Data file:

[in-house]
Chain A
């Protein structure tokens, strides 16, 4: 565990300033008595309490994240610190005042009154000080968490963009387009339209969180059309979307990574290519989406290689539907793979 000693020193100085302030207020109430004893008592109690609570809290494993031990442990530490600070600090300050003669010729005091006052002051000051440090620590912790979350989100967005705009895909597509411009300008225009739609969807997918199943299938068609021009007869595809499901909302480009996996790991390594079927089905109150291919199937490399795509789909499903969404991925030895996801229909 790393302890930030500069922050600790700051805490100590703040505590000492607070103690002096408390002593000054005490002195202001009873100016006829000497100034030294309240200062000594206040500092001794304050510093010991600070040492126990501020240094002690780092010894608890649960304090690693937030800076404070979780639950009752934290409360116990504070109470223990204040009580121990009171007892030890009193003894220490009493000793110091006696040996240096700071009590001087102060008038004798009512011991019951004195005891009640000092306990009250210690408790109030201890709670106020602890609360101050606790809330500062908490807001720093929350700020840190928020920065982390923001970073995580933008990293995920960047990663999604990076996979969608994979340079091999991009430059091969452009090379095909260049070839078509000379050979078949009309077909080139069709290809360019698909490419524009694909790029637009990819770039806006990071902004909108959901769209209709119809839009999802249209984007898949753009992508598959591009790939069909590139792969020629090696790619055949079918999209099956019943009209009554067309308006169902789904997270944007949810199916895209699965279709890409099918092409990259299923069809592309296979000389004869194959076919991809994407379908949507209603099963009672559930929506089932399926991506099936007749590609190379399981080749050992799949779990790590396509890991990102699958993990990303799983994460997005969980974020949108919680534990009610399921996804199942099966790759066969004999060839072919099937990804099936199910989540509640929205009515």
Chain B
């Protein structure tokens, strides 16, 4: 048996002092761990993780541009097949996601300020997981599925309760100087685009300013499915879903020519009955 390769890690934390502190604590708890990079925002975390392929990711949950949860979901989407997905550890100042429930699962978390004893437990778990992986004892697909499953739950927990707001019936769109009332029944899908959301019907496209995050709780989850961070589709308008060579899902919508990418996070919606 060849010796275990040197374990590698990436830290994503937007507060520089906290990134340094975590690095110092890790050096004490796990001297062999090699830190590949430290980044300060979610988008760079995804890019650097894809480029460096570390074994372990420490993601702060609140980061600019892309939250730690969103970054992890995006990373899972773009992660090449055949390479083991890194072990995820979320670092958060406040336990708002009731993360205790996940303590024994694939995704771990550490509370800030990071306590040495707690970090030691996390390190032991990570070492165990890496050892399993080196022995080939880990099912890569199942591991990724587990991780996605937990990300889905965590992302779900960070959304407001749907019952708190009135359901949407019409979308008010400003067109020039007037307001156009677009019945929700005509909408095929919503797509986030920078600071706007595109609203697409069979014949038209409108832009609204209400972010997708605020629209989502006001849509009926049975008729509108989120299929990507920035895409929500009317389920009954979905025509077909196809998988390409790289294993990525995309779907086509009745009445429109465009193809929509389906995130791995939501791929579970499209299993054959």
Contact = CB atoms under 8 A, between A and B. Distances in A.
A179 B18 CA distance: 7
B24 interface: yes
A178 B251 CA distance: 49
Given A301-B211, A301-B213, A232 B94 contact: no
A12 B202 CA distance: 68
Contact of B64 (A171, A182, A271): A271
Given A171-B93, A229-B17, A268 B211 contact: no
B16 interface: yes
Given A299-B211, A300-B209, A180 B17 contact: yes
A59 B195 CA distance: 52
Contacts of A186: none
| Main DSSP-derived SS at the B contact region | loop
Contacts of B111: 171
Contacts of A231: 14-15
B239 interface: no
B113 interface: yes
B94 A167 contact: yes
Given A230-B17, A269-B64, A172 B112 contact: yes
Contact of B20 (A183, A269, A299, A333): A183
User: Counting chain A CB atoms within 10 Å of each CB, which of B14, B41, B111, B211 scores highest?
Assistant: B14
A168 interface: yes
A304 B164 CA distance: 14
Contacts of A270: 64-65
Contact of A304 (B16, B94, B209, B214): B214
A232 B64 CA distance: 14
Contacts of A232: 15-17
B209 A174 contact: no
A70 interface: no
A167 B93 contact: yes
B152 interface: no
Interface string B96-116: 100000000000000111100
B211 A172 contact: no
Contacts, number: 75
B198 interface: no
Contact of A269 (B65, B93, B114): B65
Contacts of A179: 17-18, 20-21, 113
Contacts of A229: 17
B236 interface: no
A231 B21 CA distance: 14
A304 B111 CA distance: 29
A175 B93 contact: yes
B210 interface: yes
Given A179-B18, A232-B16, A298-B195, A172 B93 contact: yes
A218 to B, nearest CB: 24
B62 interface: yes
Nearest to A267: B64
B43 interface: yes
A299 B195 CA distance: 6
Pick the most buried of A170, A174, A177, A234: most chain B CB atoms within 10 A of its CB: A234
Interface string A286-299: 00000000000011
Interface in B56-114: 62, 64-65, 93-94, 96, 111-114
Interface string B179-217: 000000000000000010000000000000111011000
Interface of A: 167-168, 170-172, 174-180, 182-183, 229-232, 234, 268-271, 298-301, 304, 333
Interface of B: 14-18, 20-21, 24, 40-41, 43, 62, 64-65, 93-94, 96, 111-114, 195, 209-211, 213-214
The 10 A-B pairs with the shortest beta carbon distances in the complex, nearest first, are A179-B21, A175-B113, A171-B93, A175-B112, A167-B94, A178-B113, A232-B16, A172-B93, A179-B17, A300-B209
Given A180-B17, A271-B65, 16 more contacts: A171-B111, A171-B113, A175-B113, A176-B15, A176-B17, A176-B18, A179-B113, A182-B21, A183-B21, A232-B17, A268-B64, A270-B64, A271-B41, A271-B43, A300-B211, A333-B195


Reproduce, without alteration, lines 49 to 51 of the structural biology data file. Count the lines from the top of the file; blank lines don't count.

B210 interface: yes
Given A179-B18, A232-B16, A298-B195, A172 B93 contact: yes
A218 to B, nearest CB: 24